Just a few months ago, VocalIQ, a UK-based company that makes software that lets people talk to their devices in a natural-sounding way, published a blog post on its website that lamented the utility of today’s virtual personal assistants.
The blog post, called “Smartphone makers to consumers, ‘Lend Me Your Ears!'” called Siri, Apple’s personal assistant, a “toy.”
Now, VocalIQ has been bought by Apple, according to a report in the Financial Times.
All major technology companies are pouring billions into building up services like Siri, Google Now, Cortana and Alexa. Each was launched with a huge bang, promising great things but fell well short of consumer expectations. Some ended being used only as toys, like Siri. The rest, forgotten. Unsurprisingly.
VocalIQ’s blog post even references former secretary of defence Donald Rumsfeld when discussing Siri:
Any user of Siri, Cortana or Google Now (Virtual Private Assistant or VPA) will have a feeling while the vocabulary of the trio seems to improving (they understand the words better) their understanding is not (they continue to be clueless about context). And to misquote Mr. Rumsfeld, they don’t seem to know what they don’t know.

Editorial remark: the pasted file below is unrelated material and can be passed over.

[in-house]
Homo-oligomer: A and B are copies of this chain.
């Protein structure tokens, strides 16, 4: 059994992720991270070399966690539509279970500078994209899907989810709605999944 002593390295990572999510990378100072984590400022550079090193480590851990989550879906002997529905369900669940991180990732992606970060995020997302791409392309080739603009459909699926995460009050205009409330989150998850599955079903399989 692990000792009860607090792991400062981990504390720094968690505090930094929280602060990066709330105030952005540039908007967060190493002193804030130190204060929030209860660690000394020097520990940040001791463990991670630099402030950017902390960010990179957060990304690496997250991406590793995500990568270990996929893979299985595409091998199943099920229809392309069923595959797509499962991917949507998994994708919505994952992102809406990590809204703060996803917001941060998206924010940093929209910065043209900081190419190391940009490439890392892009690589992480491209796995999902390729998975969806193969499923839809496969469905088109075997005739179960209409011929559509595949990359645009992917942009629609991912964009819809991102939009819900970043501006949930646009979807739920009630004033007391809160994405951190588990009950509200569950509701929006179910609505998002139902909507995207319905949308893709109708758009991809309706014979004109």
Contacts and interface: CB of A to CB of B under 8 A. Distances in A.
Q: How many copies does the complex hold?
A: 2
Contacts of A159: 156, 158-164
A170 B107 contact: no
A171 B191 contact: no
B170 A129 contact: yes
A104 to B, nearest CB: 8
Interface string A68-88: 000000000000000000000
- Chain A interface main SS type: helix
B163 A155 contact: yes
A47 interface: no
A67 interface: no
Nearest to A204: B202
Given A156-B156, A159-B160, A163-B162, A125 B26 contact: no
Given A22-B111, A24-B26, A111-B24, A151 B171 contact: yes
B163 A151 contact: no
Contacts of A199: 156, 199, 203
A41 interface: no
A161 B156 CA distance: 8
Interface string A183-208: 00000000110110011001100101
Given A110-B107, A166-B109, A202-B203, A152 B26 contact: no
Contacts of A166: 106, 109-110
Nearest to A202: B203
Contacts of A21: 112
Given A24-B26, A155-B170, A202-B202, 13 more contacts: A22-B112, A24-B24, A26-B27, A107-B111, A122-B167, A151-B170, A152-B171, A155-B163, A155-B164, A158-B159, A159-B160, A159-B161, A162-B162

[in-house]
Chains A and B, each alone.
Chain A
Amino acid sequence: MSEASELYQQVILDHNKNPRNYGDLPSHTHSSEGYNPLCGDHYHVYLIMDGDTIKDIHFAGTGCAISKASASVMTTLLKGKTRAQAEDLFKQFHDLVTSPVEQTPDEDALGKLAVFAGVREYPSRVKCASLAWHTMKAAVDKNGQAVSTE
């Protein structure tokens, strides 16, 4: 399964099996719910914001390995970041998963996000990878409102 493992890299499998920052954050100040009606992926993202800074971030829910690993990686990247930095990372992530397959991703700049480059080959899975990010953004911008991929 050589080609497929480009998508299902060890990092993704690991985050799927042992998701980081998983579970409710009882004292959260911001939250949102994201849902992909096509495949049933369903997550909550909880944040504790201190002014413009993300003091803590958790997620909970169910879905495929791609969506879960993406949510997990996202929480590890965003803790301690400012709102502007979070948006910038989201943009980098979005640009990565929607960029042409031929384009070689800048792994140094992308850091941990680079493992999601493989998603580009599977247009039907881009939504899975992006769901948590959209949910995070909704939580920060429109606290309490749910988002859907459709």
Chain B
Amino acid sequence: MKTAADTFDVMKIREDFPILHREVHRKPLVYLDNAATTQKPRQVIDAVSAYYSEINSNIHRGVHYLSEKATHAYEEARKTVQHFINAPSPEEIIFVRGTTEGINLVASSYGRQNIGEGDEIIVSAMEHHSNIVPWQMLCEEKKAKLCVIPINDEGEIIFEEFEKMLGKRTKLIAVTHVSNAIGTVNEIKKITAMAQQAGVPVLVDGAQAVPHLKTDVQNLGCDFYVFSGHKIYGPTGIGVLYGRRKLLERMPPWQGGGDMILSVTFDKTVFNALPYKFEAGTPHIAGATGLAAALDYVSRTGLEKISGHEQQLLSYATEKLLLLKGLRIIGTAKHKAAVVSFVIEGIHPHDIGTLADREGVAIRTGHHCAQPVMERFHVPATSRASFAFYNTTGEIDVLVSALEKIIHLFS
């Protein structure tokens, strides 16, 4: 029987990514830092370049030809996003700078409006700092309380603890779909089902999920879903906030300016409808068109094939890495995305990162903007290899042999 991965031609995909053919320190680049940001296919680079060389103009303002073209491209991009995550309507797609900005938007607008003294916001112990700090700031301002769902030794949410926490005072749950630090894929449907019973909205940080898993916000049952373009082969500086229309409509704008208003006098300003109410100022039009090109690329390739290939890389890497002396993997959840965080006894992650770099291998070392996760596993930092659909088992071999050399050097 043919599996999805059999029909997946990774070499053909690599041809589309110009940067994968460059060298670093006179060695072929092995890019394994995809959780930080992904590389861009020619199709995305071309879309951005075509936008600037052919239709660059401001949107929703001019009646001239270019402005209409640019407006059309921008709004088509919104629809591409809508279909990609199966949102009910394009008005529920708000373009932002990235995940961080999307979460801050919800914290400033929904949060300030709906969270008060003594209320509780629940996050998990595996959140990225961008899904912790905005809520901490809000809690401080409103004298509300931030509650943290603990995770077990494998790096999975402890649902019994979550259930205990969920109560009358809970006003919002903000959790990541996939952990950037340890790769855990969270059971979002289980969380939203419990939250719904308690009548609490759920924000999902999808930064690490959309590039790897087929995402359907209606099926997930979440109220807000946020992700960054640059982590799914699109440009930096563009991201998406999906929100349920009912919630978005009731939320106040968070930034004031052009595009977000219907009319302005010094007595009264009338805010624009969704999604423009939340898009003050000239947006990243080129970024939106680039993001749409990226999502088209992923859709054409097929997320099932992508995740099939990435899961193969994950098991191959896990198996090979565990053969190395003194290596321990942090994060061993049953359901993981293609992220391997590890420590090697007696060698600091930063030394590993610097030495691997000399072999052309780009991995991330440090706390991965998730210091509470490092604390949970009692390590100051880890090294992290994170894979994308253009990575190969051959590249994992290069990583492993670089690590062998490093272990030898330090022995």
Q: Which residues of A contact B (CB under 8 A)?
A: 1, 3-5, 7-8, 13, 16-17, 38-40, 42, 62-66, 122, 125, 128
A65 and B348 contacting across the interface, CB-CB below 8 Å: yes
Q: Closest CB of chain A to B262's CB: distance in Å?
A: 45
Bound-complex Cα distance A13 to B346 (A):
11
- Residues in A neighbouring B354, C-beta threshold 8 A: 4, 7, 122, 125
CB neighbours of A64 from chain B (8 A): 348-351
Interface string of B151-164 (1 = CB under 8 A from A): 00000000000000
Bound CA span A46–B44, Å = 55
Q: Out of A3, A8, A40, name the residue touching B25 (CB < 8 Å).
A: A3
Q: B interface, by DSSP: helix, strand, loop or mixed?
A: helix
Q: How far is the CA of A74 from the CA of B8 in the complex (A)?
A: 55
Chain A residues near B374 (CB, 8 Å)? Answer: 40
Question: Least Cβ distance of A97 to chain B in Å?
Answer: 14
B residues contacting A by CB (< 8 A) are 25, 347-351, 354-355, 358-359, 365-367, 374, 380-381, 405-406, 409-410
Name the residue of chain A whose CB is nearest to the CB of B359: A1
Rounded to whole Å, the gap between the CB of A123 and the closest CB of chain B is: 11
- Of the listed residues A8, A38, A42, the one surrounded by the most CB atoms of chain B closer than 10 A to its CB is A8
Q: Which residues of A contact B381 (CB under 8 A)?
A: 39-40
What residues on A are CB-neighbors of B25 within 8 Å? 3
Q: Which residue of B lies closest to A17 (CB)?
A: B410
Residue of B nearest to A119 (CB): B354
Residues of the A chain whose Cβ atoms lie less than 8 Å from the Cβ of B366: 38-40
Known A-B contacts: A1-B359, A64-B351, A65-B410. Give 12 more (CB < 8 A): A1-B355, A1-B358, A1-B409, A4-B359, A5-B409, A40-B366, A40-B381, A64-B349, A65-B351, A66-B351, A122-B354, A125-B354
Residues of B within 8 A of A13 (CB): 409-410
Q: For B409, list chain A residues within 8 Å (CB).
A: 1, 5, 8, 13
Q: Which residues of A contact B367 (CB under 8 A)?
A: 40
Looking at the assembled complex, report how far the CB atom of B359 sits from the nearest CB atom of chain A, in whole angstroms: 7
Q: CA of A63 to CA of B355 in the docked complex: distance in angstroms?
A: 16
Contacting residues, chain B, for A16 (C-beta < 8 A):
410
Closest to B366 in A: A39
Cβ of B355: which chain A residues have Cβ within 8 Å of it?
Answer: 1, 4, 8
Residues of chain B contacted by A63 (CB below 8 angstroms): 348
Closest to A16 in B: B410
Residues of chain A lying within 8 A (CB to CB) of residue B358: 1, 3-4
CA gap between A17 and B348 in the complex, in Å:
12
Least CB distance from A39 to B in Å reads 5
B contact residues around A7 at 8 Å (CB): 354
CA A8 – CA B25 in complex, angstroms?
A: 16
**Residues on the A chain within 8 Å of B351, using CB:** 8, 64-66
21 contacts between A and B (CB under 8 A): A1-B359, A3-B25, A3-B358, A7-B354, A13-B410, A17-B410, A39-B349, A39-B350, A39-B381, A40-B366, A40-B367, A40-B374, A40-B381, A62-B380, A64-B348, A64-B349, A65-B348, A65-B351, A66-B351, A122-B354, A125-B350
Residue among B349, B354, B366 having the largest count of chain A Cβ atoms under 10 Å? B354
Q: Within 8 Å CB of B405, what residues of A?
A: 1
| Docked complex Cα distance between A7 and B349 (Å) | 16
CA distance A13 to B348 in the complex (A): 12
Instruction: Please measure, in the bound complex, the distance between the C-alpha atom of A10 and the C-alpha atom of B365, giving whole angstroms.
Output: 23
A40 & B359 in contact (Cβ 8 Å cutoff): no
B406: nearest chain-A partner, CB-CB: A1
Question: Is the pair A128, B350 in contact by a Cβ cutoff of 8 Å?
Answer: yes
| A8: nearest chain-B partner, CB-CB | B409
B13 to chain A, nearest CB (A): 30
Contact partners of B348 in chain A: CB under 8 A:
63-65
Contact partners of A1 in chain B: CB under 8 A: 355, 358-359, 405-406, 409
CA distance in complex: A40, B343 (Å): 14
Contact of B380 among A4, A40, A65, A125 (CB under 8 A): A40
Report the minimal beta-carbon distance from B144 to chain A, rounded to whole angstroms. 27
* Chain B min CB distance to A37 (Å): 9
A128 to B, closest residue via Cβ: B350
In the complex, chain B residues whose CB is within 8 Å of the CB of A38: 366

In the blog post, VocalIQ says that even though these virtual personal assistants have gotten good at recognising speech, the companies who make them “are still stuck with medieval approach when it comes of conversational voice dialog” because they’re “still using pre-programmed flow-chart based response that don’t learn.”
VocalIQ’s software, however, allows people to communicate back and forth with a device, like they’re having a real conversation. It also gets smarter as you use it. As my Tech Insider colleague Dave Smith explained, an app that uses VocalIQ’s technology not only remembers what a person says to it, but also knows to ask for more information when it doesn’t understand something.
The VocalIQ blog post doesn’t completely hate on Apple, though. It opens singing the praises of the company, saying that when it comes to the visual user experience on smartphones, Apple has won.
“Android, Windows Phone and various other Linux based platforms are at best, poor copies,” it said.
In a statement to Tech Insider, Apple gave its boilerplate response when asked if it had any comment on the reported acquisition. “Apple buys smaller technology companies from time to time, and we generally do not discuss our purpose or plans.”
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